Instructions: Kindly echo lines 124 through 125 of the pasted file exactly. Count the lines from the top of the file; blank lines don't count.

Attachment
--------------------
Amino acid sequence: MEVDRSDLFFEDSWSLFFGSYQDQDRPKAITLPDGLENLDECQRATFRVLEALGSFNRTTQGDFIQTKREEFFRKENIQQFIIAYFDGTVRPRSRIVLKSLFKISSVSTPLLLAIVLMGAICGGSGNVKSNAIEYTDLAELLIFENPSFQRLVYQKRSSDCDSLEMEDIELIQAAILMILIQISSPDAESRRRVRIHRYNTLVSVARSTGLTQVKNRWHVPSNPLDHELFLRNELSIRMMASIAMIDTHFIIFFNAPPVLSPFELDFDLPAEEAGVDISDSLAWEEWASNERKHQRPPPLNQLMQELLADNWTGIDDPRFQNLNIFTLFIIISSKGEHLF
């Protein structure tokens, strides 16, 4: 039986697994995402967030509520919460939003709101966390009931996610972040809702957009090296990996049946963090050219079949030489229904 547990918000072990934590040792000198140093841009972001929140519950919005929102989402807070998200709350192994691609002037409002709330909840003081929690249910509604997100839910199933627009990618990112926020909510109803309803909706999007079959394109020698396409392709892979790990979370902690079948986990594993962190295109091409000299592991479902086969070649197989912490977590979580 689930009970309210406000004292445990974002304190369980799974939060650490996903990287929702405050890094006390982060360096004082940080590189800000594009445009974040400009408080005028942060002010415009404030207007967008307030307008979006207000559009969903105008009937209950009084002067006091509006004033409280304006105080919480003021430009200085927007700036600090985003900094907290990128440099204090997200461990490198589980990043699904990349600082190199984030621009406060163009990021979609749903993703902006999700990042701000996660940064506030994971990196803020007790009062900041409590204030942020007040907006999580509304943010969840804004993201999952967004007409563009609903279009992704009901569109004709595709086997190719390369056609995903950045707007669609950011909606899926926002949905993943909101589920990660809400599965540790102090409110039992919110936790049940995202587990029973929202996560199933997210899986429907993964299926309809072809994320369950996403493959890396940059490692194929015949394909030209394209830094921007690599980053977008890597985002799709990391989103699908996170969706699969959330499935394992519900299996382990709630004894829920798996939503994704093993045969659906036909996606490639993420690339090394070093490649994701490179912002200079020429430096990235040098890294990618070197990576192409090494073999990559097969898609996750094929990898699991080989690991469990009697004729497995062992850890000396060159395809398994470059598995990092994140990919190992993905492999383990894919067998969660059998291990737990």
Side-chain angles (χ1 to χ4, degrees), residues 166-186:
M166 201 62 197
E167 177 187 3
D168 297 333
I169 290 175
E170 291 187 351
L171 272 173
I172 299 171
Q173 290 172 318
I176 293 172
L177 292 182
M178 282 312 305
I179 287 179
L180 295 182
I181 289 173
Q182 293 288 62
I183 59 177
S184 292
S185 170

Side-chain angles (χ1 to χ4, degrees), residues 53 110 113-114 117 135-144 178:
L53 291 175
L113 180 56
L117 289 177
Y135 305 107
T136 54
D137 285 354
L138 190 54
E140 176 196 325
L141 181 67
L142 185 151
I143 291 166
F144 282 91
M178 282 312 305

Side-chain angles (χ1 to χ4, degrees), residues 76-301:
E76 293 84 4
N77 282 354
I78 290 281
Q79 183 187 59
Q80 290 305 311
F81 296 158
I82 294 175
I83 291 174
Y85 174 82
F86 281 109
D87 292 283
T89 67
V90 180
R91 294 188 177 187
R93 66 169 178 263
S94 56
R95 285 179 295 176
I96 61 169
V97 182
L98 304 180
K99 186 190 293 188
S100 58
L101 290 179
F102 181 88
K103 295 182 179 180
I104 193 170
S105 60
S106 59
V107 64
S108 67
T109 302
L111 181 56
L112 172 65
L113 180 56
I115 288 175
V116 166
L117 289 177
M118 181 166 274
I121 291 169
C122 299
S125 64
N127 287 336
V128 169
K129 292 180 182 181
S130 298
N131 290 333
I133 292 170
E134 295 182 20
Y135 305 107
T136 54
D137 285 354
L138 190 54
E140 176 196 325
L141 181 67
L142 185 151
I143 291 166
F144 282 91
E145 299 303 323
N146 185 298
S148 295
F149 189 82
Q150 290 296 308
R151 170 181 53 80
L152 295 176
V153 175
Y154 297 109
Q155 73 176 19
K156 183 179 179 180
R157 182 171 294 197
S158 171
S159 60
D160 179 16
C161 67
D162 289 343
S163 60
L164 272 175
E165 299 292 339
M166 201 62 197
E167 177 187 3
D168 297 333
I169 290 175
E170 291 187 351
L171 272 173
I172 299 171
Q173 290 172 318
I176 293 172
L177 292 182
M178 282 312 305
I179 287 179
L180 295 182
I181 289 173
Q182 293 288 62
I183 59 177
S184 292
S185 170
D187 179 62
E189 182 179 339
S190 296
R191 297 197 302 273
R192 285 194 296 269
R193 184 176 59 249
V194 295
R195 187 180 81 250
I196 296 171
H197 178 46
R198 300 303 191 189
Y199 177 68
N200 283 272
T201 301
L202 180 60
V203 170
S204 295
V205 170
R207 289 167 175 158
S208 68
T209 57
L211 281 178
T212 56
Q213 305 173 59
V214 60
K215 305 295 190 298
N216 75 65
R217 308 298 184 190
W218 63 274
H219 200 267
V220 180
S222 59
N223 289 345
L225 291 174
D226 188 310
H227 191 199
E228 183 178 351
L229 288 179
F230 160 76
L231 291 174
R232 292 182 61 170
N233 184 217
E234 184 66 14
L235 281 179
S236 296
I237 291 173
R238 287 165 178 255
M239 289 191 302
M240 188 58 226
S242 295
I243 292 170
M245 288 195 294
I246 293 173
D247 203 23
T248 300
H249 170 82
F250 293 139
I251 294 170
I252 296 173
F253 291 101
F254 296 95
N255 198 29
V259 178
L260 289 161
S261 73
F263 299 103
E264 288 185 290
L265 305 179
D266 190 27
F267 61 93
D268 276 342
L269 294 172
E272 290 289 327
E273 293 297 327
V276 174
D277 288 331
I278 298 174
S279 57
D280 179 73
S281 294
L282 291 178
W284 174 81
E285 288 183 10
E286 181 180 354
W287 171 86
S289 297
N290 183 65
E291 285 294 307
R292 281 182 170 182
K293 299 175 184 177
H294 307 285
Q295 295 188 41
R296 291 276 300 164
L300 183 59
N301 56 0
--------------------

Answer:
M178 282 312 305
I179 287 179